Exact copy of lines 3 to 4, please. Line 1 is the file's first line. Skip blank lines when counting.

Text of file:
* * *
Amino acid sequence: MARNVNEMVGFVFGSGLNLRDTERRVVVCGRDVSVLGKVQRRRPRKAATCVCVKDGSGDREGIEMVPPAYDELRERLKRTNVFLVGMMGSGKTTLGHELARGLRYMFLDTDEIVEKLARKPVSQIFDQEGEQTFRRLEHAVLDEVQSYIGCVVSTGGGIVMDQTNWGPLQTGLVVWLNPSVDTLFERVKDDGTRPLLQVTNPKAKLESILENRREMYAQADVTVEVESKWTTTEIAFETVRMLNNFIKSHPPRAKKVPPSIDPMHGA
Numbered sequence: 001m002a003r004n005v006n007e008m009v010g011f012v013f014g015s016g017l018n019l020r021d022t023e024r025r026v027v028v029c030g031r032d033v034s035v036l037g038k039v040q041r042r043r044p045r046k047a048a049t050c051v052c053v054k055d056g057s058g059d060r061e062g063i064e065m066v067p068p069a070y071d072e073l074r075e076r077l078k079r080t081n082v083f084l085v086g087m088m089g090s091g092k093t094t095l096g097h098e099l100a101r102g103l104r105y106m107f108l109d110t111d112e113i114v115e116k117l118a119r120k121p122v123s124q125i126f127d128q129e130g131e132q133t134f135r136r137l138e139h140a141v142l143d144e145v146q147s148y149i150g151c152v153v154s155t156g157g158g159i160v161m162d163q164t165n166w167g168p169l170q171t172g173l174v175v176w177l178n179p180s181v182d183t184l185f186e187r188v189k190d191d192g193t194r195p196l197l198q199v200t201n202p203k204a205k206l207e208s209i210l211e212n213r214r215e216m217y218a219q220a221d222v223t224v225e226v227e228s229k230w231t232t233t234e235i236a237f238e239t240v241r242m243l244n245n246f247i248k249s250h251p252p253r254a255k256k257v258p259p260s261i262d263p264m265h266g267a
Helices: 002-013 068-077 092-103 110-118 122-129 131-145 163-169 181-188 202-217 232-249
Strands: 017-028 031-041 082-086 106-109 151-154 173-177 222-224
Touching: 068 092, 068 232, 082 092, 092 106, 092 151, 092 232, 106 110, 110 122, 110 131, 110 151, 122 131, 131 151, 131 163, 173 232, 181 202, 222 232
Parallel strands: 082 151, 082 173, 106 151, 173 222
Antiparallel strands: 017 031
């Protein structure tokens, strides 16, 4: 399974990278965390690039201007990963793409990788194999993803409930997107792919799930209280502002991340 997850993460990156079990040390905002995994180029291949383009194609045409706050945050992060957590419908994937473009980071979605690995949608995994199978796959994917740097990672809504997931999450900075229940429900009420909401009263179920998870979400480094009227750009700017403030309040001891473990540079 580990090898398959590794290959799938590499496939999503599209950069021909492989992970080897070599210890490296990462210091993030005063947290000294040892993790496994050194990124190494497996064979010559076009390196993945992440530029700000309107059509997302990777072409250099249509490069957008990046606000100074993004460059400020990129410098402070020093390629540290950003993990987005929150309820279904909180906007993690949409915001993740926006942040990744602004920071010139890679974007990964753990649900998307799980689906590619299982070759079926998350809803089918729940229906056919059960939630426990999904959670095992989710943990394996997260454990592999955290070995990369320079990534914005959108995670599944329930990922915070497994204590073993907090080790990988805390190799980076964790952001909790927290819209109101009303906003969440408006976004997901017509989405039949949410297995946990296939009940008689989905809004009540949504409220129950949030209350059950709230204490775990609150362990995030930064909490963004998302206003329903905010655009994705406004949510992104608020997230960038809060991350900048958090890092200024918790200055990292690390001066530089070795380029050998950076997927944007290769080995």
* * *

Helices: 002-013 068-077 092-103 110-118 122-129 131-145 163-169 181-188 202-217 232-249
Strands: 017-028 031-041 082-086 106-109 151-154 173-177 222-224